1. http://www.who.int/elena/titles/deworming/en/
2. http://www.dewormtheworld.org/why-deworm/the-evidence-for-school-based-deworming
3. Effects of Deworming on Malnourished Preschool Children in India: An Open-Labelled, Cluster-Randomized Trial. Shally Awasthi, Richard Peto, Vinod K. Pande, Robert H. Fletcher, Simon Read, Donald A. P. Bundy. PLOS Neglected Tropical Diseases, April 2008, Volume 2, Issue 4

New Child Development Corner

Despite the sweltering heat in the last couple months, and the impending torrential rains of monsoon, there is a lot going on at Calcutta Kids this summer. In the midst of all the new activities, in mid-May, Calcutta Kids received the wonderful news that we will be receiving a small grant to set up a child development corner in our new community center, from the J. Kirby Simon Foreign Service Trust. We are very excited about this prospect, because a child development corner will allow us to provide a more holistic approach to child growth and development within the larger young child health initiative. In the past six years, we have made remarkable improvements in the nutrition and growth of young children in Fakir Bagan. The average birth weight has increased from a dismal 1.8 kg in 2005 to 2.8 kg in 2011. Indicators of children’s nutritional status have improved greatly– in the past three years, the severe malnutrition rate has fallen by more than half, from 12.3% to 5.5%. However, there is still a lot to do to ensure that children in this urban poor community are able to achieve optimum development.

Calcutta Kids became conscious that in Fakir Bagan slum as in most urban poor settings, young children have little or no access to play and stimulation. There are no playgrounds for children, and although there is a maidan (field) nearby, it is frequented by older children and teens, and usually only boys. Young children (under 3 years old) are often seen sitting passively on a cot or in the doorway, while their mothers are doing domestic work such as cleaning, cooking, fetching water, or part-time factory work such as sewing garments or making zippers. In homes, families rarely have any toys available for the young children, a luxury that many cannot afford.

Play is essential to development because it contributes to the physical, cognitive, social, and emotional well-being of children. In fact, play is so important to optimal child development that it has been recognized by the United Nations High Commission for Human Rights as a right of every child. In this light, Calcutta Kids appreciates the need to create a child development component to ensure this basic right, with the goal of improved cognitive growth and overall development for all our young children in Fakir Bagan.

The child development corner in the community center will be a safe, clean, and stimulating environment for young children to simply play – to create and explore the world with toys, with other children, and with their caregivers. The project will also facilitate parents’ and caregivers’ understanding of the importance of play and stimulation in child development. It is anticipated that this type of play will provide the needed stimulation that will help very young children with both gross and fine motor skills that will allow them to reach appropriate developmental milestones, develop new competencies, and improve cognitive development. It is hoped that this unique early childhood stimulation project will serve as a model for other NGOs in Kolkata who are working in child health in the urban slums.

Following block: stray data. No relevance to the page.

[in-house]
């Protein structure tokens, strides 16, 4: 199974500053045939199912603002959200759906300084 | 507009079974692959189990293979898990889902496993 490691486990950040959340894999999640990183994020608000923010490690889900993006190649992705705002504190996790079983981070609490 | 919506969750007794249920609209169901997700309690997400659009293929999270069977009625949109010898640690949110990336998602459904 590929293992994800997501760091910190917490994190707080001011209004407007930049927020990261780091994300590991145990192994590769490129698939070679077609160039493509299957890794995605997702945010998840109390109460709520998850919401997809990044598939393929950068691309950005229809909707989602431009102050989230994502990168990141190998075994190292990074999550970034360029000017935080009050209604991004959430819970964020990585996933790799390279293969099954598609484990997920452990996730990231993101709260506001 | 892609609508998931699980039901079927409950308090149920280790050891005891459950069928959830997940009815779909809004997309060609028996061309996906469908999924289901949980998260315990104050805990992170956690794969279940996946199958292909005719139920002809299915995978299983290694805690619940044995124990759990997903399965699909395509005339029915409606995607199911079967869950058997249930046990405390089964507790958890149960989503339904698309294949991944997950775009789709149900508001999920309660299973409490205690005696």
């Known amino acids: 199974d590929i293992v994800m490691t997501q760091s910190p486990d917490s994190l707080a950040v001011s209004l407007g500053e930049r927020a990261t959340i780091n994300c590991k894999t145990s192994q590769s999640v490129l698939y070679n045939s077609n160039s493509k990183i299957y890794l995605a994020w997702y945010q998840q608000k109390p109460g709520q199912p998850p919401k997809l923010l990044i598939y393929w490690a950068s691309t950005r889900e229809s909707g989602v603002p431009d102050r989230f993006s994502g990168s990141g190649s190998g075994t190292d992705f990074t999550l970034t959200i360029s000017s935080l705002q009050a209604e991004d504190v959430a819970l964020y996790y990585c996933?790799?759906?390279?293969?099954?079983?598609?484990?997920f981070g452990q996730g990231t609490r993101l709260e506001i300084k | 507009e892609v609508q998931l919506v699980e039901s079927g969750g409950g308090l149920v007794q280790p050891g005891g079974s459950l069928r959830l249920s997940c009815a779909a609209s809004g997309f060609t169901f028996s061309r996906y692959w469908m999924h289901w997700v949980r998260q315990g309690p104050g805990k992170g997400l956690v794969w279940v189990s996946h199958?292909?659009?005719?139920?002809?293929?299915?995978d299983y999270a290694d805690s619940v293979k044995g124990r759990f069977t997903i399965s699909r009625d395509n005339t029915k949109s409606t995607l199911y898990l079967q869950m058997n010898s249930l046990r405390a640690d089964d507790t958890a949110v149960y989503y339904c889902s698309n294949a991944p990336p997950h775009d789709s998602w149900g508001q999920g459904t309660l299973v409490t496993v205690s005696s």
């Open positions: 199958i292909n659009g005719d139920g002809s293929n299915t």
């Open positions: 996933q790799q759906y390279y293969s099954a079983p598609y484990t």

Stay tuned for more updates on the child development corner which should be fully established by early 2013. –Danya Sarkar

Swarathma Brings in the Monsoon

I pegged Swarathma as a small time band from a mile away. It was presumptive, sure, naïve even, but it didn’t occur to me that anyone else would play for an NGO in the dusty heat of a slum for free. Little did I know how wrong I was.

When Noah divulged the details to me, I found out that the band is actually something of an Indian phenomenon. Their first album won them Best Band, Best Album, and Song of the Year at India’s most prestigious annual rock awards show. They were on the iconic TV series The Dewarists. They have toured Australia, Britian, and Morocco. And now they were playing for Calcutta Kids.

Back in the old days, for every paid gig they played one for free. They’ve since run out of enough time to keep up the one to one ratio, but when they can they still try to play for those who would not see them otherwise. Thanks to their bassist and spokesman Jishnu’s old friendship with Evangeline, the final concert on the tour to mark the launch of their second album would be in Fakir Bagan.

Weaving around piles of sand and through patches of the road lost in mud, Evangeline and I eventually led their van to Howrah and the impromptu stage that had been miraculously constructed for them. I think the band was almost so impressed as we were, and the juxtaposition of big-band electronics and crumbling-wall school grounds was immensely pleasing.

I picked out a spot in the sea of rickety plastic chairs that bulged at the edges of the colorful canopy above it, and the band sound checked as the crowd filtered in. Chandan and Kalyan lugged some wooden benches out from the school to augment the periphery as it became clear that spectators would outnumber chairs. When all was said and done, a floor of women and children—often balanced on laps or sitting together two to a chair—gazed up at the first bandstand of their lives.

Just before the band went backstage to change into performance attire, their lead singer arrived. No one was going to disappoint the crowd by admitting that he had been missing—the doctors had to knock him out cold at the hospital the night before to put a dislocated shoulder back in—and the band assured us that they could play without him. But after we left him at the hotel and told him to lie low, he just couldn’t. So with a piece of cloth to support his arm (to everyone’s amazement, he even replaced that with a guitar strap when the concert began, strumming away as though nothing had happened), he made it just in time. Security—a graying old man with a stoop and a hard stick—almost wouldn’t let him in. He didn’t have a ticket, after all.